I'm not talking about teachers getting fired...that's not how or where the shock-waves would hit if the entire DOE were abolished...
*** quick yet important side note: the idea of shutting down the DOE is typically part of grand conservative rhetoric. even Drumpf says he wants to do away with it. but the fact of the matter is that NO President nor any one person can legally just up and cut a federal department that was created via an act of Congress. it would actually require another
act of Congress to make that happen. so really this entire tangent is being used to demonstrate the importance of the details and how, without thorough and continuous exploration deeper into the issues, one might end up inadvertently voting against one's own best interests (see: Brexit) ***
ok, so besides the fact the department is definitely bloated (not sure exact count but something like over 5,000 employees), and those pesky federal reports and mandates and other hoops that educators all hate to jump through, as well as - sure - overall gripes in regards to fat-cats controlling the classroom curriculum, the DOE actually serves some POSITIVE purposes such as:
- awarding Pell Grants to students in need. around 85% of ALL full-time undergraduate students at four-year colleges in the 2011-12 school year relied on financial aid of some type
- serves as oversight to ensure states do not break civil rights laws. because, as folks in the south know, sometimes leaving states completely to their own devices doesn't always go so well.
- serves as oversight to ensure more disadvantaged populations & districts are treated the same as wealthier areas. again, history has seen funds redirected from low-income communities to serve those with more wealth (i.e. political "importance")
- keeps and collects valuable data regarding the education system, schools, students, and demographics, which in turn helps the department discern where grants have been most effective, what programs are successful, etc.
- ensures there is no discrimination in schools, including gender-based. remember, it was federal code that first allowed women to compete in male-dominated athletics.
- serves as oversight in making sure the funds schools receive are handled appropriately and helps keep fraud at bay [emphasis on helps
i'm just going to deal with the financial aspect, because this is what will exactly trickle down and affect students, teachers, schools, and entire communities.
simply put, cut the federal grants and the institutions that depend on those funds will fold:
That probably wouldn't go over very well with the for-profit higher education lobby, which relies on federal dollars to stay open. Same goes for the private non-profit colleges. Within the first year, many private schools would likely close, and probably a fair amount of community colleges as well. Other state public schools would also be hit hard from the lack of grants and loans, but their relative position compared to the private schools would probably improve, because the state subsidies allow for their tuition to be lower so more students would be willing to enroll in those schools.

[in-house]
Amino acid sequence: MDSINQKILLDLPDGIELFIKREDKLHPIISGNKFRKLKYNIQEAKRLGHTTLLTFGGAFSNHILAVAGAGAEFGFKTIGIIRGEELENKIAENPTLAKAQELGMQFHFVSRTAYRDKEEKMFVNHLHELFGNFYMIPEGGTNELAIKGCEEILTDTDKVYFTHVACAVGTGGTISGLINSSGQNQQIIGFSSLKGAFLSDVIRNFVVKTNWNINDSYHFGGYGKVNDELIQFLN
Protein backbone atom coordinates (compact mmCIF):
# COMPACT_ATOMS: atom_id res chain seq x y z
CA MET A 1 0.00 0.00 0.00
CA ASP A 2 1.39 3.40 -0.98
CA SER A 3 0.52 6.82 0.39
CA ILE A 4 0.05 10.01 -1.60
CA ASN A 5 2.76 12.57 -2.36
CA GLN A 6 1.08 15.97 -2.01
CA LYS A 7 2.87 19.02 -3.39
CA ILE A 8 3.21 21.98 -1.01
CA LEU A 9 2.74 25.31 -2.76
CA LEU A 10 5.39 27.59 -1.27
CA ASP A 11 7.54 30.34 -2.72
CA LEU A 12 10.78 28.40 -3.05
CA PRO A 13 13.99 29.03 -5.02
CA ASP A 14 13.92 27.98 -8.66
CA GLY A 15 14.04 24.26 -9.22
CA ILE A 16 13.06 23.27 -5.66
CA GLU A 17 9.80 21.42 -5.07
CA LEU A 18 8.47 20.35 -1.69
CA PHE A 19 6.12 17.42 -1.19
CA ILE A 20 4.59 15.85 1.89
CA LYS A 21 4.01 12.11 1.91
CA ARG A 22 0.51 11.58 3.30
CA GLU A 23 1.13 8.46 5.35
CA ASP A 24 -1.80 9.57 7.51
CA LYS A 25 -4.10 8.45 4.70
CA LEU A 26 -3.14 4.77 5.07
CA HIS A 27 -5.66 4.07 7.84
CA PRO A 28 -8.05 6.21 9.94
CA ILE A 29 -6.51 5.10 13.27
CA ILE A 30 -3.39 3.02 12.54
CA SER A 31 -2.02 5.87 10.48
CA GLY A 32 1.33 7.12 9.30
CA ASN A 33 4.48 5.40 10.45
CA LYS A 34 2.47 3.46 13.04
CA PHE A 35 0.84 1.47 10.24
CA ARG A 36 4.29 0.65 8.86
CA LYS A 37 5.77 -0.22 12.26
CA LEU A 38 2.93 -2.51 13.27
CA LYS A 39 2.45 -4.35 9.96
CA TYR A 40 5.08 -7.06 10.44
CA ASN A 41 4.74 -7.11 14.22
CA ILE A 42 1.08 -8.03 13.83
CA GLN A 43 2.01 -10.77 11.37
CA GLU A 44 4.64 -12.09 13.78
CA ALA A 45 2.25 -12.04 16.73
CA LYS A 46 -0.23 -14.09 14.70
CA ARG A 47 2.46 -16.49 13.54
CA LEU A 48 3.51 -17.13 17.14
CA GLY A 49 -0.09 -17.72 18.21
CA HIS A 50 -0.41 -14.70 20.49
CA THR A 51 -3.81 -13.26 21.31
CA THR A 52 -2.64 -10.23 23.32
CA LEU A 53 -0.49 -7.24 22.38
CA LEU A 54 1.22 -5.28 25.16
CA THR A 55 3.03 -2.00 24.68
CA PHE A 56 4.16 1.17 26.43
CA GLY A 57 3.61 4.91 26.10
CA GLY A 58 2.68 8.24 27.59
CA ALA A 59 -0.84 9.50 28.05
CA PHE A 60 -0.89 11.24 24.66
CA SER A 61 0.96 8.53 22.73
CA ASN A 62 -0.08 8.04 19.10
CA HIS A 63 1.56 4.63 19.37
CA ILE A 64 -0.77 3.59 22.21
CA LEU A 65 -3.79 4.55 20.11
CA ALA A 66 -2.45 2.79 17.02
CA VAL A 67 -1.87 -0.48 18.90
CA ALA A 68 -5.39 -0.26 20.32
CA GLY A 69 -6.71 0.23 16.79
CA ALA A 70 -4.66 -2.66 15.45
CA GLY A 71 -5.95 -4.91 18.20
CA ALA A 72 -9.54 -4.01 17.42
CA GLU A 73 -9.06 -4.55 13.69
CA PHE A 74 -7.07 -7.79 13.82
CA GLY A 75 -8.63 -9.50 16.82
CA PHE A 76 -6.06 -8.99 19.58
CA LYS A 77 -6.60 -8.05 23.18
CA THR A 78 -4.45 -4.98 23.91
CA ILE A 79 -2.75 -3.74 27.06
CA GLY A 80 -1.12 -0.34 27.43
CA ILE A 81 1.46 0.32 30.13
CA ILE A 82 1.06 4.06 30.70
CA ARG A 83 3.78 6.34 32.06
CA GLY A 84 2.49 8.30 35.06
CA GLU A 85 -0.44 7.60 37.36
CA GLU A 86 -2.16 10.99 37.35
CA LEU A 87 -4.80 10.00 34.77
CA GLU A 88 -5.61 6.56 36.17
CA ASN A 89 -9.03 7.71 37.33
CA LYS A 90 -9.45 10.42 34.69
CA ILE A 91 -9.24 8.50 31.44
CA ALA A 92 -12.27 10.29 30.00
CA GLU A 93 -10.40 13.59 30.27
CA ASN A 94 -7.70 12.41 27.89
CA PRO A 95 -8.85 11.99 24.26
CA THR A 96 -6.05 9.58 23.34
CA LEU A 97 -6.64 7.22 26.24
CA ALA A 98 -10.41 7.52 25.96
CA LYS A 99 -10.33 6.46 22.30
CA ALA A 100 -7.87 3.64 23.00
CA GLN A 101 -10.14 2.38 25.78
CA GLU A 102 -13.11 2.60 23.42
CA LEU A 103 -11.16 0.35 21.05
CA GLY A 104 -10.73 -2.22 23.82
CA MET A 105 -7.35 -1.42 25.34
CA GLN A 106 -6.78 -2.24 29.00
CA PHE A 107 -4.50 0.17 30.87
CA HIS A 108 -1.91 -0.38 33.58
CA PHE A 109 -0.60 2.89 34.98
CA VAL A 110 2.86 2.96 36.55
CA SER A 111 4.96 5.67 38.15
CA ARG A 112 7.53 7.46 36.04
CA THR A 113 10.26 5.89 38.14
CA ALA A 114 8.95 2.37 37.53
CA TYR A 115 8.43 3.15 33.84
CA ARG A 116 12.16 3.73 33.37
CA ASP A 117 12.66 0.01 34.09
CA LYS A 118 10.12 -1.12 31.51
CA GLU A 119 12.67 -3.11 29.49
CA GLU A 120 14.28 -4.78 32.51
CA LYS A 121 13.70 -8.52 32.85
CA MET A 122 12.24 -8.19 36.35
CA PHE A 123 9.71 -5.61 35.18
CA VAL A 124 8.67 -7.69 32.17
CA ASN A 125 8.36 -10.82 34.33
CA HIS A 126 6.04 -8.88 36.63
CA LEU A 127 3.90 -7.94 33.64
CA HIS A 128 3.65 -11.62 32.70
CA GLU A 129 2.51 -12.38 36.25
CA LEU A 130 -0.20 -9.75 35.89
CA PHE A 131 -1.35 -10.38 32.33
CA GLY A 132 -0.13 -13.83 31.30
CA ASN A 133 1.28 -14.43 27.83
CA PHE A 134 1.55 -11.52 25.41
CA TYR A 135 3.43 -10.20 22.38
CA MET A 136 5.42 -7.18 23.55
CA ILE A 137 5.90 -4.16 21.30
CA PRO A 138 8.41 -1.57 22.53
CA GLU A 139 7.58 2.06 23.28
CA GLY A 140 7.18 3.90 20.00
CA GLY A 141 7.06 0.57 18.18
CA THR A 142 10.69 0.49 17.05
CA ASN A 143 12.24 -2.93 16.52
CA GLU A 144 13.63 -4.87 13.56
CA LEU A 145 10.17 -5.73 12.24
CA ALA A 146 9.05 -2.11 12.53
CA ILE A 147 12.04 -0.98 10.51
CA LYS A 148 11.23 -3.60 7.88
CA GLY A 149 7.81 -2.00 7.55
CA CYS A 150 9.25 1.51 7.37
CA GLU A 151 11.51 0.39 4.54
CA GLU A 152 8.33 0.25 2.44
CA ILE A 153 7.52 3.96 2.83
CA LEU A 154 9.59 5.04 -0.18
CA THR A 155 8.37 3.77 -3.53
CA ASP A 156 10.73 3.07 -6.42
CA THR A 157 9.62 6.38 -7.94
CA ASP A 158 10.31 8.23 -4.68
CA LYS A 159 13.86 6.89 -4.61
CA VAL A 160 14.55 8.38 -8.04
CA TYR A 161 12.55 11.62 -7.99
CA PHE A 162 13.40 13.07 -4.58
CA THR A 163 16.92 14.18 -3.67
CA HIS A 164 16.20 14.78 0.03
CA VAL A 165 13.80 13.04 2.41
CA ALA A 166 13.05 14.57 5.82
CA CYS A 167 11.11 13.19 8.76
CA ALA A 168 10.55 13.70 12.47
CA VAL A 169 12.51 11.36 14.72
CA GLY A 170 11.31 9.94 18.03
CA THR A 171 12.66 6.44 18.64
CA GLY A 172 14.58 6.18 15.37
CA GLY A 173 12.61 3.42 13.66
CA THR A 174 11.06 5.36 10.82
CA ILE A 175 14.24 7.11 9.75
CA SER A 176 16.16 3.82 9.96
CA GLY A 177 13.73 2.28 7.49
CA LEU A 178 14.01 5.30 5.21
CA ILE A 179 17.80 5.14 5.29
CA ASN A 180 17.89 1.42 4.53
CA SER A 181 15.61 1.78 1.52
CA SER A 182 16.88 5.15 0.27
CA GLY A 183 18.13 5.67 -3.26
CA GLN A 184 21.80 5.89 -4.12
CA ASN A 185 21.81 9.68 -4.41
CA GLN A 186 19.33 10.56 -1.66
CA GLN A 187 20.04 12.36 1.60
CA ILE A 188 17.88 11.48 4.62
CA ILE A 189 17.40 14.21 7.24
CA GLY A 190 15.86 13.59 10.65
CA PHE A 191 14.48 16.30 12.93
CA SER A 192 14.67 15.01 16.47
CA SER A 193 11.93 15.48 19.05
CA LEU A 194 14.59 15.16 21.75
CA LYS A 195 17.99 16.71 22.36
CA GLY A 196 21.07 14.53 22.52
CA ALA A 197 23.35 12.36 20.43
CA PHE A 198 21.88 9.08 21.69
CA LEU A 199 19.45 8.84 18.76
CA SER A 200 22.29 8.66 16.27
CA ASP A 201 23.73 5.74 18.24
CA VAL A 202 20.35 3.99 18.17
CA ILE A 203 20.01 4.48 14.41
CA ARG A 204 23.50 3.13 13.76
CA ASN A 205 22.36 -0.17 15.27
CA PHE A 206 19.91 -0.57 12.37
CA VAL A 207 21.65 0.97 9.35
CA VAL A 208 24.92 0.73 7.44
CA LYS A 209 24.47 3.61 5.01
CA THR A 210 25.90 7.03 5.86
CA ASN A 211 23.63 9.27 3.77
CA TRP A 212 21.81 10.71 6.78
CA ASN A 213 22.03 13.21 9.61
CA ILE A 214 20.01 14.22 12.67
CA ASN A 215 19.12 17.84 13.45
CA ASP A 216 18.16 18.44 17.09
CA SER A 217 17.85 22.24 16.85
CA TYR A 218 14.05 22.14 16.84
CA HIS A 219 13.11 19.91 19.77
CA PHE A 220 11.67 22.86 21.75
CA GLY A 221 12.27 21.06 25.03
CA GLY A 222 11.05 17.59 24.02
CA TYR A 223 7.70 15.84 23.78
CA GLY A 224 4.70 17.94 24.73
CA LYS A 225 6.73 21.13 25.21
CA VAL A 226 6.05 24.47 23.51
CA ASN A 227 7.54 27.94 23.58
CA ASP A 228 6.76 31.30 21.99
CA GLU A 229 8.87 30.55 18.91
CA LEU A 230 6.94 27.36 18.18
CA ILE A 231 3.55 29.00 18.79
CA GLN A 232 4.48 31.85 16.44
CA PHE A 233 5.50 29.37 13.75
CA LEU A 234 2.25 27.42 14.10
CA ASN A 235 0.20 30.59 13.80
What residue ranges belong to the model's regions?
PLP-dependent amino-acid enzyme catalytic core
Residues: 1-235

But that increase in demand for state subsidized higher education actually increases the burden on states, which would feel the pressure to expand the number of seats available and pay for it through tax increases. So while [this] plan would certainly decrease the number of people going to college overall, it would also increase the number wanting to go to state subsidized schools, and likely increase the state's tax effort for public higher education....
Also, given just how important higher education is as a sector of the economy in many parts of the country, such a decrease in federal aid would possibly lead to a mild recession, at least in certain areas.
so it's not as much about the potential for teachers to actually get fired
...as it is just not having a place to go to work altogether.
and that's just ONE responsibility of the DOE being cut.
Johnson hasn't thought any of this out.
one more thing slightly off-topic but yet not: i think Common Core standards have gotten a bad rep and get touted as some kind of federally-mandated curriculum. but really, they're state-adopted standards. i'm obviously not an expert though so don't believe me without doing your own research of course.
but back to Johnson.
as someone who values education, why do you want to support the candidate who seems to be the least-educated? actual degrees don't matter i'm talking pure knowledge and the ability to discuss pertinent issues intelligently. the man COULD NOT EVEN NAME THE LEADER OF NORTH KOREA. seriously. the more i see him actually speak the dumber-sounding he gets. o_O
(ps u know i
u...i wouldn't be willing to invest time discussing politics with you at all if i didn't)